Experts estimate that 80% of Americans will experience low back pain during their lifetime. In the last three months, 25% of Americans have had low back pain. Low back pain can have many causes but the most common causes are musculoskeletal. Good news is that means conservative treatments often work! I am also a believer that a good rehabilitation program will not only help your back pain now, but help you avoid future back pain as well. No, you do not have to live with a “bad back” forever. Here are a few other things I wish everyone would know.
You are not your MRI.
I have had many patients that come to PT who have had an MRI or other imaging. Sometimes the MRI is from 10 years ago, sometimes it is recent. Either way, I still perform a full evaluation which includes movement testing, flexibility, muscle and core strength, joint mobility, and more. It also includes looking at the pelvis, hip, lumbar spine, and any other surrounding structures that may be contributing to pain. An MRI does not show stiffness, weakness, or how someone moves.
Just because imaging shows something is “wrong”, it does not mean that is the source of pain. A research study took imaging of people without back pain. They found disc bulges in 30% of 20 year olds, 60% of 50 year olds, and 84% of 80 year olds. This means that you can have a disc bulge with NO pain. Yes, disc issues can cause pain, especially initially but our bodies can heal. More research has found spontaneous regression (where the disc shrinks/heals) in 96% of disc sequestration, 70% of extrusion, 41% of protrusion, and 13% of bulges. This means that the further out the disc is protruding, the better chance it has of healing on its own. Pretty amazing, right? Our bodies are designed to heal.
Imaging may be important if there was a traumatic injury (like falling off a ladder), or if there are signs of significant neurological involvements (such as leg weakness, coordination loss or bowel/bladder changes like sudden incontinence/loss of control). But other than that, save your time and money, and start with Physical Therapy.
When low back pain starts, a common response is to try to protect yourself. For many people, this leads to not moving that area or trying to lay down and rest more. Unfortunately, this can lead to stiffness and muscle weakness. It is important to keep moving. Avoid certain movements that cause pain, but usually that does mean you need to avoid everything.
Look at the big picture.
I often joke with my patients that I am treating the “leftovers”, especially when they are coming to Physical Therapy after dealing with low back pain for months or years. When we are in pain, our bodies compensate. Muscles often tighten up to protect us but this can also lead to muscle weakness and imbalances or different movement patterns such as limping or not putting as much weight on one leg. Unfortunately, when the pain subsides our bodies do not automatically reset. We need to consciously strengthen and retrain our bodies, which is possible but may need some guidance.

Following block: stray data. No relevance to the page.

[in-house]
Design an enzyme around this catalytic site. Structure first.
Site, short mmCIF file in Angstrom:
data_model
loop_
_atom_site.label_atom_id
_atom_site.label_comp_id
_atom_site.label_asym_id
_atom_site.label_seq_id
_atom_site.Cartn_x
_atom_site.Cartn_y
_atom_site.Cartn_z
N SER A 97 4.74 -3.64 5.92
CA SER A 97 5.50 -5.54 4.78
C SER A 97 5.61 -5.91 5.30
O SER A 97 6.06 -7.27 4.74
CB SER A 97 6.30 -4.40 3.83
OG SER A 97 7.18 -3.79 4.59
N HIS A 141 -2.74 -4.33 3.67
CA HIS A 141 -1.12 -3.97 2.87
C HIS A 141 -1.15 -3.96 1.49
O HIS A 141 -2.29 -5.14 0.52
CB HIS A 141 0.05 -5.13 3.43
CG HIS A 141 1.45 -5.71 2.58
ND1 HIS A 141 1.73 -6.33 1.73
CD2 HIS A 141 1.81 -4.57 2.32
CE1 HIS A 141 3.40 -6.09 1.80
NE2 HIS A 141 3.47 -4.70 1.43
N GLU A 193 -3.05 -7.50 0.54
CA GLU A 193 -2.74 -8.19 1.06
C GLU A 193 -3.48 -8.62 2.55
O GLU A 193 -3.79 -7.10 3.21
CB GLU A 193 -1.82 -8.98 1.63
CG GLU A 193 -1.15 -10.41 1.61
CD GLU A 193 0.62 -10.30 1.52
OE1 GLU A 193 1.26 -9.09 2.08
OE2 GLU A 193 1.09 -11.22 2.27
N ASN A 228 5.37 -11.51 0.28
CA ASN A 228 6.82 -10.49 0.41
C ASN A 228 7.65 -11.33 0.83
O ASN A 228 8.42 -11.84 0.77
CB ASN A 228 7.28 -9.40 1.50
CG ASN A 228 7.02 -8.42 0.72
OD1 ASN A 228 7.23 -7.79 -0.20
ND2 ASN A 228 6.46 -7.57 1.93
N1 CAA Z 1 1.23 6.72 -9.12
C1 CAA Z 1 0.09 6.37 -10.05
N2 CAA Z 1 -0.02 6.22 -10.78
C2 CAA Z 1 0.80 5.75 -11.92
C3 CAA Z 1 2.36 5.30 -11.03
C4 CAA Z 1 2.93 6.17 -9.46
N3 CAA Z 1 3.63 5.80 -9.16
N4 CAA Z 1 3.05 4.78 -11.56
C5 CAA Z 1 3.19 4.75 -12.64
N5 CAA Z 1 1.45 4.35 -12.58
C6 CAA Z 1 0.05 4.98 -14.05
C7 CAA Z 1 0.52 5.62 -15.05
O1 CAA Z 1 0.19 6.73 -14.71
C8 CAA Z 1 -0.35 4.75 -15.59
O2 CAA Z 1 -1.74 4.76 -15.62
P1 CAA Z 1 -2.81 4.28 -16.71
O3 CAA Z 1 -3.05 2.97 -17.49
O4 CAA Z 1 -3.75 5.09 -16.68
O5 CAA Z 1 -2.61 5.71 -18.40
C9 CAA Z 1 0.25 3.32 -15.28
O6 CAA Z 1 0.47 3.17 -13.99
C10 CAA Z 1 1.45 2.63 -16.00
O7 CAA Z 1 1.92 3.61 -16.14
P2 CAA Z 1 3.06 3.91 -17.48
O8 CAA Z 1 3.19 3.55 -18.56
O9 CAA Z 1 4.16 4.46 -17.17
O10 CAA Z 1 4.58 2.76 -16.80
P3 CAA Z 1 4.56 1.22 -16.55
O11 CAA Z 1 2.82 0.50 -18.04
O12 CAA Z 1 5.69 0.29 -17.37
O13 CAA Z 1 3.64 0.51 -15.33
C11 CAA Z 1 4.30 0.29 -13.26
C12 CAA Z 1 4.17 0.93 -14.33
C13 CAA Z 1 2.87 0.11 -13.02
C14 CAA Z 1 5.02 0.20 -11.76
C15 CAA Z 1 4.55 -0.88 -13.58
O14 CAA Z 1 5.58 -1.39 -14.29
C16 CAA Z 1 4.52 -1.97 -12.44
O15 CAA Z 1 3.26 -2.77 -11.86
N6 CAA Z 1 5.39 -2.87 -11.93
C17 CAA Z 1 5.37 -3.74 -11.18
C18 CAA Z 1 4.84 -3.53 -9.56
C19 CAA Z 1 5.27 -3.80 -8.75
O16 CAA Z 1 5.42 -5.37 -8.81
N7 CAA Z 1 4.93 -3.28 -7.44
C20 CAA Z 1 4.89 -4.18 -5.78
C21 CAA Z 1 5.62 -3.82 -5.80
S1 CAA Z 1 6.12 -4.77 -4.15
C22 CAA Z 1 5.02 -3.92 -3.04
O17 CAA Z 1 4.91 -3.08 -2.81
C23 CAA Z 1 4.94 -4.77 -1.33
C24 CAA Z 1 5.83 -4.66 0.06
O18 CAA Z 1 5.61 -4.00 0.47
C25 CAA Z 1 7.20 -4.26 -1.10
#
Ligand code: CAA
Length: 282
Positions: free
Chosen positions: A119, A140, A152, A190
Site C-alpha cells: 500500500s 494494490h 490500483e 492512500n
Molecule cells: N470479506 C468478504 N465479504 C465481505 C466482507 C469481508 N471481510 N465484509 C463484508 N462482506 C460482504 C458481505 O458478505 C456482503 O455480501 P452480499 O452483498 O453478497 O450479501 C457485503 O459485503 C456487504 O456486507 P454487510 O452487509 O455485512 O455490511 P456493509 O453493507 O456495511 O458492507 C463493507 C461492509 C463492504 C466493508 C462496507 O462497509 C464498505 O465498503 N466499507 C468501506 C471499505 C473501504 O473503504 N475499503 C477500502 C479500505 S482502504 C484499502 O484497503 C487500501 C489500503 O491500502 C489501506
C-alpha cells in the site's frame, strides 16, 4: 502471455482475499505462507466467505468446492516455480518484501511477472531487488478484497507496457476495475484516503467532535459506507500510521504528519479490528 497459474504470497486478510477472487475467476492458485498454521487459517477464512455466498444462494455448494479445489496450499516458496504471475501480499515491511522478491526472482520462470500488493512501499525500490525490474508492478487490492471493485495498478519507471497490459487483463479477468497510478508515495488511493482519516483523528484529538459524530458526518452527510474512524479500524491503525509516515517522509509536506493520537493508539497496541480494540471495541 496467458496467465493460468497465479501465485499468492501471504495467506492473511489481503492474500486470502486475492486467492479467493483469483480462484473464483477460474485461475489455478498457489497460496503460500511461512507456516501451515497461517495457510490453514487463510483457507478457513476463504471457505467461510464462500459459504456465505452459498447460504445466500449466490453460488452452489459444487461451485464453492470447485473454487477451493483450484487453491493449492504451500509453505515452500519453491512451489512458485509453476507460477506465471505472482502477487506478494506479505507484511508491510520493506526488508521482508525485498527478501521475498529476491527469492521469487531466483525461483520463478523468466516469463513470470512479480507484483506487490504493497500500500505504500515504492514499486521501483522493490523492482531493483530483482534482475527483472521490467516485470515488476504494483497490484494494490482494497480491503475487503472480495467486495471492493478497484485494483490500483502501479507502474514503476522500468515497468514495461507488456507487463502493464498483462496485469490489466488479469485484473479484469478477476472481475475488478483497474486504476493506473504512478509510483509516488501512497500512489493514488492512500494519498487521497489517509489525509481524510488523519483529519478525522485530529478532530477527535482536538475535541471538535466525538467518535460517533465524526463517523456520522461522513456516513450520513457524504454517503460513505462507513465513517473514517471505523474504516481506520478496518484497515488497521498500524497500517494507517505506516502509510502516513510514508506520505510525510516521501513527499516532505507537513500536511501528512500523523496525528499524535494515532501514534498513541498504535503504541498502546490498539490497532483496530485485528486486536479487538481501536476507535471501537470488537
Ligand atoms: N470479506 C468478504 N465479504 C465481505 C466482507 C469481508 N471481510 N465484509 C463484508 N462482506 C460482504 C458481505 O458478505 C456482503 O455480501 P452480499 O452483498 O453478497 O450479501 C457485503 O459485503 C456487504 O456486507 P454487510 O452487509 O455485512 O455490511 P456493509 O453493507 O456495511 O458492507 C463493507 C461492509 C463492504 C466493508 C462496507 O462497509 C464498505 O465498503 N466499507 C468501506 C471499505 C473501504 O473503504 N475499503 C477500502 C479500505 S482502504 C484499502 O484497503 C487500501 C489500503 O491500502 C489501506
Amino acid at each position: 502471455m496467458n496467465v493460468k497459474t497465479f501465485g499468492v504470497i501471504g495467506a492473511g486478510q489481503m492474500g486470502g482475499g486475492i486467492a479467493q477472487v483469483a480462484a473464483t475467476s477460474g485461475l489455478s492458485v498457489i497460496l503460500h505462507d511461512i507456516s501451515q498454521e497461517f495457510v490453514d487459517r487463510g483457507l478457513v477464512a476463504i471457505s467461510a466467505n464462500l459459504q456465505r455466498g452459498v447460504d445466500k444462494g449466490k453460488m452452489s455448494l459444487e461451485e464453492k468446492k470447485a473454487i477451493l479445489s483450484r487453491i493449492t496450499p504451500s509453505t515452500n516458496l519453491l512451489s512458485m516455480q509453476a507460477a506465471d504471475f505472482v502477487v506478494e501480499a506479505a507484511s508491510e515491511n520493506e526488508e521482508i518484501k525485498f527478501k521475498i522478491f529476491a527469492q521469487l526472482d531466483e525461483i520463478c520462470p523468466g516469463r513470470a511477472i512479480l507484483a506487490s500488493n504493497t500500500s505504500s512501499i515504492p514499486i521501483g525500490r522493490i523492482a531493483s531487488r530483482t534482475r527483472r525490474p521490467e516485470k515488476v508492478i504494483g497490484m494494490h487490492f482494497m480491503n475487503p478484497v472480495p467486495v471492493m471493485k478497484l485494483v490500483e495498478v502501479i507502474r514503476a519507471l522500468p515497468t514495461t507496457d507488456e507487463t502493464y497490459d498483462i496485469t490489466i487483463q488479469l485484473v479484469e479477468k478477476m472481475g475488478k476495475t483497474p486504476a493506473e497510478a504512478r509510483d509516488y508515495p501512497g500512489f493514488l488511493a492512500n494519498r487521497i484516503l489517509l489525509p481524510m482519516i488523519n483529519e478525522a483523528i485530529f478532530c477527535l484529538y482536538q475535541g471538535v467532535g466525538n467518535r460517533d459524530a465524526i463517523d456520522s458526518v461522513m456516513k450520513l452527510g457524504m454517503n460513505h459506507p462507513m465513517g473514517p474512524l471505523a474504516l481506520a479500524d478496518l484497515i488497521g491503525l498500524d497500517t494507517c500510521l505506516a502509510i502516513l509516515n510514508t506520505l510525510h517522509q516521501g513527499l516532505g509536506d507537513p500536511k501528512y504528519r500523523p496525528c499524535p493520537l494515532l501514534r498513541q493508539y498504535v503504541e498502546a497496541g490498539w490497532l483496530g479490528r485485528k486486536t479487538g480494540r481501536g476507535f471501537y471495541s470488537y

Research has also shown an association between chronic back pain and pelvic floor dysfunction in women. 90% of women with chronic low back pain had pelvic floor dysfunction, with 80% of them having incontinence (leaking urine). So ladies, if you are leaking urine (yes, even a little bit), having pelvic pain or pressure, or pain with intercourse- you should seek help. Not only can it help resolve your issue but it may help with back pain, hip pain or another issue.
Also keep in mind that stress levels, nutrition, and sleep can all contribute to our ability to heal. When our sympathetic nervous system is in charge, our body is in “fight or flight” mode and more easily overreacts to stimuli. This can cause more pain and impairs healing. We want our parasympathetic nervous system to kick in which is “rest and restore” mode. Deep breathing and meditation exercises are helpful to start calming down the nervous system and facilitating the healing process.
If you want more guidance, get our free guide, 7 tips to help your Back Pain. And if you or a loved one is suffering from back pain, schedule a free virtual discovery session with an expert Physical Therapist to determine if PT is the next best step for you. And the best time to take action is now!
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Just click on the picture: 7 Tips to help your back pain feel better without pain medication, injections, or surgery or Post-baby Body Basics: what every Woman needs to know about their postpartum body.